Married people do not earn a place in heaven by means of the activities of their family life, or by means of bringing children into the world. But within their families, Christians are able to know that God has indeed called them to this life.
And they are accordingly able to find comfort and confidence in the promises that God makes to them, that he will be their companion, their helper, and their protector.
A man and a woman who have been wed according to the Lord’s institution, have been joined together by God, as our Lord teaches us. “What therefore God has joined together, let not man separate.” This means that God is personally interested in the success and well-being of a marriage.
And, God commissions a married couple, in all ordinary circumstances, to be fruitful and multiply. With respect to any children who are born to such a divinely-blessed union, God furthermore directs parents: “Do not provoke your children to anger, but bring them up in the discipline and instruction of the Lord.”
The Reformation of the sixteenth century resulted in many beneficial fruits for the church, and for society as a whole. A clearer proclamation of the undiluted comfort of the gospel of Christ crucified for sinners, was the chief fruit.
This fundamental reformation in preaching and teaching had ramifications also in many other areas of church life and worship - such as a better understanding of the nature and purpose of the church’s public ministry; of the nature and purpose of Baptism and the Lord’s Supper; and of the nature and purpose of the church’s song. These things were more clearly understood now to be servants of the gospel, and conveyors of the gospel.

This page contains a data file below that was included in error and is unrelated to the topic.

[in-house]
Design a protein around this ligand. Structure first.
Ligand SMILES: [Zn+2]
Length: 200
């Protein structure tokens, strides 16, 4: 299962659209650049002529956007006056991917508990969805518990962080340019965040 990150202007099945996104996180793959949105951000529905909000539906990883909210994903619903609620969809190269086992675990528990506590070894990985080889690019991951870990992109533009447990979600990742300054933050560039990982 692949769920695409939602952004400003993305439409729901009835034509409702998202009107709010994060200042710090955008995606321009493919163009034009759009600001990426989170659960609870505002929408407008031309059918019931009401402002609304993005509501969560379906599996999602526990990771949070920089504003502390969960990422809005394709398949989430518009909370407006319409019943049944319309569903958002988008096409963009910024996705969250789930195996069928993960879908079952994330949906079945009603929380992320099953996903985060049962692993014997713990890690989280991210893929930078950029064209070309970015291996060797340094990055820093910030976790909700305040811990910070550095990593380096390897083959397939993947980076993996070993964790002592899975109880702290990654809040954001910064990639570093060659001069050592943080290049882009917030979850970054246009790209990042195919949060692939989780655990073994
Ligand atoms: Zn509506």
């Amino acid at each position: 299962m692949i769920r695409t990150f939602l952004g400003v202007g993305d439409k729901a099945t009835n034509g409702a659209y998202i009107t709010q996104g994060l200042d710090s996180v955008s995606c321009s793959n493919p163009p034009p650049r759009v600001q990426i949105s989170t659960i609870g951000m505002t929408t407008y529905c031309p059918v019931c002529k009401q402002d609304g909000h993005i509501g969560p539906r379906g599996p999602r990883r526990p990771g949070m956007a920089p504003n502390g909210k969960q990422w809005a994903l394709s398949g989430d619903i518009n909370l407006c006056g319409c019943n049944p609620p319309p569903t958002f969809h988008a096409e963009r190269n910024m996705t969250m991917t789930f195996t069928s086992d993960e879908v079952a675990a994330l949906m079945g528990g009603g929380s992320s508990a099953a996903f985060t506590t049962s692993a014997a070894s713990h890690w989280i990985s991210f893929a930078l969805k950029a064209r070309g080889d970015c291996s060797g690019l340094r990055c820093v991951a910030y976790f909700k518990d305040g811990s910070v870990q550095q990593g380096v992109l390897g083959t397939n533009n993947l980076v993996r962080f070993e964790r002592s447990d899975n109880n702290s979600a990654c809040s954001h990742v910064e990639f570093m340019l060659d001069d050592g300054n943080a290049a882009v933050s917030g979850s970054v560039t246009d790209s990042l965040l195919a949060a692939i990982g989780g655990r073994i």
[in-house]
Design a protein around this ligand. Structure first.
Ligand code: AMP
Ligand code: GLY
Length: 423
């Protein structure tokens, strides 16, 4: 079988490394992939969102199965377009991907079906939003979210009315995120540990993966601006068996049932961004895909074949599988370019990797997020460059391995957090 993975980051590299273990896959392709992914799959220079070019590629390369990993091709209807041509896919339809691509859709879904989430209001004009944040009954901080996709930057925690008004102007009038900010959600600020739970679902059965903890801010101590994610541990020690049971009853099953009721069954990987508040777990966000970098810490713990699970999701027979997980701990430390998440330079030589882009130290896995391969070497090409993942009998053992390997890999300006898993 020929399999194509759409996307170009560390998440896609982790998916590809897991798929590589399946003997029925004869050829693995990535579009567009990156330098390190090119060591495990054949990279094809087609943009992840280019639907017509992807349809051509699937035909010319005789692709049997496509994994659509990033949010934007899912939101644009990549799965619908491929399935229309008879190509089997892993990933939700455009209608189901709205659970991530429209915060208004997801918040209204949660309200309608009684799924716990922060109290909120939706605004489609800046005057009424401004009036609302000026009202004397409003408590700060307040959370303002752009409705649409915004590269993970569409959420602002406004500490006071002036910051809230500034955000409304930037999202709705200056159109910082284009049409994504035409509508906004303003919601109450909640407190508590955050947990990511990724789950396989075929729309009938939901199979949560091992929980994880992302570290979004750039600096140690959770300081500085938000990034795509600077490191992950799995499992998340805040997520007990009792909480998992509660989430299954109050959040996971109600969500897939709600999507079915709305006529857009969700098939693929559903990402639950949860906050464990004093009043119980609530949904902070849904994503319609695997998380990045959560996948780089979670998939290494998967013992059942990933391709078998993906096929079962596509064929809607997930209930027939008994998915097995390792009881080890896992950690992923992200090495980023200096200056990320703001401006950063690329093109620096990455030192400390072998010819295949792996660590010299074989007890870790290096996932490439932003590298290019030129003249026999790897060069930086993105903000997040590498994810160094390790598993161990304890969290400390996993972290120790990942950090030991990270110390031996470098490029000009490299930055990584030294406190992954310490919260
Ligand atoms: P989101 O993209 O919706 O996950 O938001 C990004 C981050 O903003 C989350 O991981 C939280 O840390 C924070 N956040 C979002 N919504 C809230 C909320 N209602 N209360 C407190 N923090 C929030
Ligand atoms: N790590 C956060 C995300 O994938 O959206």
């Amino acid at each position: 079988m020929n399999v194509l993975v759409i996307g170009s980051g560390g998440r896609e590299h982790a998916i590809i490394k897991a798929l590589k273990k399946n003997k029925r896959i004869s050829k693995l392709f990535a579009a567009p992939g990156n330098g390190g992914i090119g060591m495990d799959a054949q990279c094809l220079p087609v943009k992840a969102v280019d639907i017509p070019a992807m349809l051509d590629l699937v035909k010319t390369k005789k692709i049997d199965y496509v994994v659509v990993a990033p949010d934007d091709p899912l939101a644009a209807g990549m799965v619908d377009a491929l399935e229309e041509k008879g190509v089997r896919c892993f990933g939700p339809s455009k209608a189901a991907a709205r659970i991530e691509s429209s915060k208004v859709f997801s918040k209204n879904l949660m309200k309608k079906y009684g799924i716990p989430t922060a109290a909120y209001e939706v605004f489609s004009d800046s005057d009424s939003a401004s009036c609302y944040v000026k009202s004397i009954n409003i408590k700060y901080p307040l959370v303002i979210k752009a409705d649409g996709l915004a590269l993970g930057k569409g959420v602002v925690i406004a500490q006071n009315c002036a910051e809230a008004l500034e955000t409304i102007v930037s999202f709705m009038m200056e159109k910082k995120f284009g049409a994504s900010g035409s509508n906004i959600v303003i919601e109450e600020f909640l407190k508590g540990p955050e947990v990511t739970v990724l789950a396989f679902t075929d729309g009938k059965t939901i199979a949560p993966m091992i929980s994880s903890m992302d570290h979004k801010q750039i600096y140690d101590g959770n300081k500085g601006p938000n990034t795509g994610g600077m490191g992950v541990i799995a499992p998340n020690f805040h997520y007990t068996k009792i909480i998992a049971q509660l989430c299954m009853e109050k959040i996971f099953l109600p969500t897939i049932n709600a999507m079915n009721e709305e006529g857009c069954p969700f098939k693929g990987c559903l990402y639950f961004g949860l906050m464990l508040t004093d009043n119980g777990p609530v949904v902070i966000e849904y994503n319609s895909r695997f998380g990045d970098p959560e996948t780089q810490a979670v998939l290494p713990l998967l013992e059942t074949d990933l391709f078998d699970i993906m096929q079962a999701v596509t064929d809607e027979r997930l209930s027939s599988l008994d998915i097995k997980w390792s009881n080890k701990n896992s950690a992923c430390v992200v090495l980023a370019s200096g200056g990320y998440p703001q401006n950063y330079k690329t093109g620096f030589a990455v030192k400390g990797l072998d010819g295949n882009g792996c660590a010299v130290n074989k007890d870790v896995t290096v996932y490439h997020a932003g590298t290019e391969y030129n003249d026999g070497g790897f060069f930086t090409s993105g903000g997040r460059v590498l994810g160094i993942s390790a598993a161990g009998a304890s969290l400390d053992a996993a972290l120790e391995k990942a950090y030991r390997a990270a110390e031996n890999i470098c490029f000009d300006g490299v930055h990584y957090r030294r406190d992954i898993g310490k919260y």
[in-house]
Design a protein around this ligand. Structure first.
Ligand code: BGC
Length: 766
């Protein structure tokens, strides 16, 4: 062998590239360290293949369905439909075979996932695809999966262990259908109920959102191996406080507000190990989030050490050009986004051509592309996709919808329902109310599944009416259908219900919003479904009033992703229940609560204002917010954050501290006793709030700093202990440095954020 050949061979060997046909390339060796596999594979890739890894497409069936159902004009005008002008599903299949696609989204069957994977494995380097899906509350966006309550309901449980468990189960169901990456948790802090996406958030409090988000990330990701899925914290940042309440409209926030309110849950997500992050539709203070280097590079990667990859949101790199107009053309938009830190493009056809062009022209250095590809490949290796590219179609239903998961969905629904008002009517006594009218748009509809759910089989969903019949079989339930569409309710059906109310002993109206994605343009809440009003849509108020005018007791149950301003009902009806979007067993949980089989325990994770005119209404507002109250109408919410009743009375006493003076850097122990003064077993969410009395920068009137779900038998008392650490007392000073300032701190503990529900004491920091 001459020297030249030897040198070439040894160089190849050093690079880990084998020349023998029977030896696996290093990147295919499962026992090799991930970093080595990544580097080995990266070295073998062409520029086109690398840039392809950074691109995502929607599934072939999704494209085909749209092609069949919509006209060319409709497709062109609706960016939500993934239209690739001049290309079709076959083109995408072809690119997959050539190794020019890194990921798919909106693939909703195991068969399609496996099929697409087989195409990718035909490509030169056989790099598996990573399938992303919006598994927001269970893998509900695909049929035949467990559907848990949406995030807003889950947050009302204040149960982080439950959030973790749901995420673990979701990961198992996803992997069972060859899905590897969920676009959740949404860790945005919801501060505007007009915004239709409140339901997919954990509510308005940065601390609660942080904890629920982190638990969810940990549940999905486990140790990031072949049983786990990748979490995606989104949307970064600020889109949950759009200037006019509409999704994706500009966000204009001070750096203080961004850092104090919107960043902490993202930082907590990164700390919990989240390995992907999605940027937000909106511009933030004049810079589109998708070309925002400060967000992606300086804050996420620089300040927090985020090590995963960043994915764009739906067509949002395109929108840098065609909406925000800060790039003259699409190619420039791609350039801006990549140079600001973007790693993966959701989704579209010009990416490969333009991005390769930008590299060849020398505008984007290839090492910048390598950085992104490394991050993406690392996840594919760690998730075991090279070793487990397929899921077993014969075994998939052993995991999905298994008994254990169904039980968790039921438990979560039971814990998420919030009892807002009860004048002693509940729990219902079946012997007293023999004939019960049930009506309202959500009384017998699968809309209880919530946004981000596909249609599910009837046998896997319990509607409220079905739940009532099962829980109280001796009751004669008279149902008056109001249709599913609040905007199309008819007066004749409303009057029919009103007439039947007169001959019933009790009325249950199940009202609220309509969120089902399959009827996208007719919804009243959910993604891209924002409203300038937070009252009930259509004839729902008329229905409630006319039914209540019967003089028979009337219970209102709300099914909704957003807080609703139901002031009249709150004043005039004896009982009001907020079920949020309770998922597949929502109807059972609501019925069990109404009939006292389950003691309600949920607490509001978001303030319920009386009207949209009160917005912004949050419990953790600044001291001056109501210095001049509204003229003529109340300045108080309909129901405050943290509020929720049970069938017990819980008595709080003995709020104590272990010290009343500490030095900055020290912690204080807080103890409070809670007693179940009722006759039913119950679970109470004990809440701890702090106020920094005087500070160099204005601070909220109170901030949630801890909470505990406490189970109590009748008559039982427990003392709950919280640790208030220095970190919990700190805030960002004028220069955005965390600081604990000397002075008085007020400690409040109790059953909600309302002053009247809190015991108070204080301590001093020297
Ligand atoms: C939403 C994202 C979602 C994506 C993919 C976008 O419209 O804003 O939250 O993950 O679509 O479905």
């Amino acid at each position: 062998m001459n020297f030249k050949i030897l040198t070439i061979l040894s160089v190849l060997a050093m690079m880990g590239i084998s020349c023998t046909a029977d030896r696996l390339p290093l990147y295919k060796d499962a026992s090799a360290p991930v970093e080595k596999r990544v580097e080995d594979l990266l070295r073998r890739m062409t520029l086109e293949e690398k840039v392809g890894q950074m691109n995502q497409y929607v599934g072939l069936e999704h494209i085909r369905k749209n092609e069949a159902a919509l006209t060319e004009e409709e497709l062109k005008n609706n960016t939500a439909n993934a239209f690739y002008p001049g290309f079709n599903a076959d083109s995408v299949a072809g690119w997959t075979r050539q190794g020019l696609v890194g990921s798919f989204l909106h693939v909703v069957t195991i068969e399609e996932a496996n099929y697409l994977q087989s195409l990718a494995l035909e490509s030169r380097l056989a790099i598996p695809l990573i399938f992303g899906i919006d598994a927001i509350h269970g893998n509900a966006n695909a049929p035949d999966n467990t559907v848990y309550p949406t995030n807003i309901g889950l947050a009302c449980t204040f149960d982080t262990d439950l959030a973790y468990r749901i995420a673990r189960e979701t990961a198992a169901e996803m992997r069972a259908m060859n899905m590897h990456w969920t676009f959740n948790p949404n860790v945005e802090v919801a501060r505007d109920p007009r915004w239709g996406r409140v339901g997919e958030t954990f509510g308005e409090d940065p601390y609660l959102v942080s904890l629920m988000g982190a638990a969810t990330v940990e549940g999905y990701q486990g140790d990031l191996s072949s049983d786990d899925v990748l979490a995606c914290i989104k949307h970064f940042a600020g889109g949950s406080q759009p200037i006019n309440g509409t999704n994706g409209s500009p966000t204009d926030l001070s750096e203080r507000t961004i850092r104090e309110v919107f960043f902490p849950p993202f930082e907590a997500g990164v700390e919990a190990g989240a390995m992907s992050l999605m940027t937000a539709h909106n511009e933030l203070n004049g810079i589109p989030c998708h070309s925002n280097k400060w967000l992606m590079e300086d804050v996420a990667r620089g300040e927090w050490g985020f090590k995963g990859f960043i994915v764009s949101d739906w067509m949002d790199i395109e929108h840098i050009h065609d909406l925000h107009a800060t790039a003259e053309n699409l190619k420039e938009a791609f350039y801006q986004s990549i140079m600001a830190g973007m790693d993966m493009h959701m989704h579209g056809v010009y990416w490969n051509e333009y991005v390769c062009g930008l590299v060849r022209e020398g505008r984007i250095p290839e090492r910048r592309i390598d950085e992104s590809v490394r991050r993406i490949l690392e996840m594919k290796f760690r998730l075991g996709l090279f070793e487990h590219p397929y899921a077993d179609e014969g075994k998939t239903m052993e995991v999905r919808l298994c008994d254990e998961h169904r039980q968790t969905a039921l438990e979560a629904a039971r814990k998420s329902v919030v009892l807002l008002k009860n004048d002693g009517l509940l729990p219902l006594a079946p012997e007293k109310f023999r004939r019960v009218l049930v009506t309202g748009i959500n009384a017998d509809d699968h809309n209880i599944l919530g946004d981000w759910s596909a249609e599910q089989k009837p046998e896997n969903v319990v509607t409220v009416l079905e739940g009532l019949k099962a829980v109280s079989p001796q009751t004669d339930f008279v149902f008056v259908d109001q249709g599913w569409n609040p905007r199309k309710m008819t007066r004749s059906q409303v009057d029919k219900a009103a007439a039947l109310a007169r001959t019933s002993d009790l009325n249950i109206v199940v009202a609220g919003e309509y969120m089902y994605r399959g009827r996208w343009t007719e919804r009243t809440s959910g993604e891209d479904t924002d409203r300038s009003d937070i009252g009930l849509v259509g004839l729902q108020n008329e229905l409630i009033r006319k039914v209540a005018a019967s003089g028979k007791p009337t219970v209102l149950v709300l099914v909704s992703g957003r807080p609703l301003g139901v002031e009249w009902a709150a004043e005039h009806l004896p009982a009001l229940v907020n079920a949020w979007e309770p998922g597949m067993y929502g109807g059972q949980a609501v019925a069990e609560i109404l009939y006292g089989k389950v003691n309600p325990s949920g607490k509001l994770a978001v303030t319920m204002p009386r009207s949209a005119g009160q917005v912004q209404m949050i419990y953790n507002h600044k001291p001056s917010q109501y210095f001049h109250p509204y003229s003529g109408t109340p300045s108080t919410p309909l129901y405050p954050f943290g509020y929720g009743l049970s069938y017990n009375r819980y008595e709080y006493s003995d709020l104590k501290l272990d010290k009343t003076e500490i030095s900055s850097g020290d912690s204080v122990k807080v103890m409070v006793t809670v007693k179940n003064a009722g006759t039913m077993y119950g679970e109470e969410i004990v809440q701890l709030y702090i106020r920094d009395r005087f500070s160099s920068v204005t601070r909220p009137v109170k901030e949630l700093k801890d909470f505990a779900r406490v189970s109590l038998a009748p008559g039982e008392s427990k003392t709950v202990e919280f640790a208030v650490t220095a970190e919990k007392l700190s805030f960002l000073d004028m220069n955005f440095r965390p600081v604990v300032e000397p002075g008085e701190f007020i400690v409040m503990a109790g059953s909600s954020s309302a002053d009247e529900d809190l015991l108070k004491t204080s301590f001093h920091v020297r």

This benefited people in all stations of life - married and single; lay and clergy - because it showed everyone God’s way to have peace with him, in time and in eternity, through the mercy and pardon of Christ. But the restoration of a proper respect for the family, was another fruit of the Reformation.
Luther and his wife Katie are often called the founders of the modern Christian home - at least as far as the western church is concerned - since they demonstrated by their example, as well as by Scriptural teaching, that marriage and the rearing of children are the normal thing for Christians, and for Christian pastors, to aspire to, as far as life in this world is concerned.
There is certainly no sin involved in a life of chaste singleness. And married people who are not able to have children are certainly not condemned for this.
Life in a orderly community, like a monastery - if it is entered into in freedom, with the understanding that it can also be departed from in freedom without recriminations - was also not in principle rejected by the Reformers. It was acknowledged that some good work could be done by disciplined communities like this, especially in the area of education.
But the point is, that there is no special spiritual advantage for someone - as far as his righteousness before God is concerned - in deliberately forsaking the divine institutions of marriage and parenthood, in favor of something like this. Marriage and family are not second-rate and inferior institutions. They are the usual human condition, and will be = or should be - for as long as this world endures.
For those who know that they are justified by faith; and who are assured by the gospel that they are acceptable to God because of Christ and his promises - which they personally believe - marriage is actually an ideal context for bearing and living out the fruits of faith, through loving and serving others. One’s spouse, children, or parents are one’s closest neighbors.
In view of the huge shift in thinking that the Reformation brought about, it is not a coincidence that the verses from Psalm 34, that are appointed for the Introit for the festival of the Reformation, include this warm invitation to children: “Come, O children, listen to me; I will teach you the fear of the Lord.”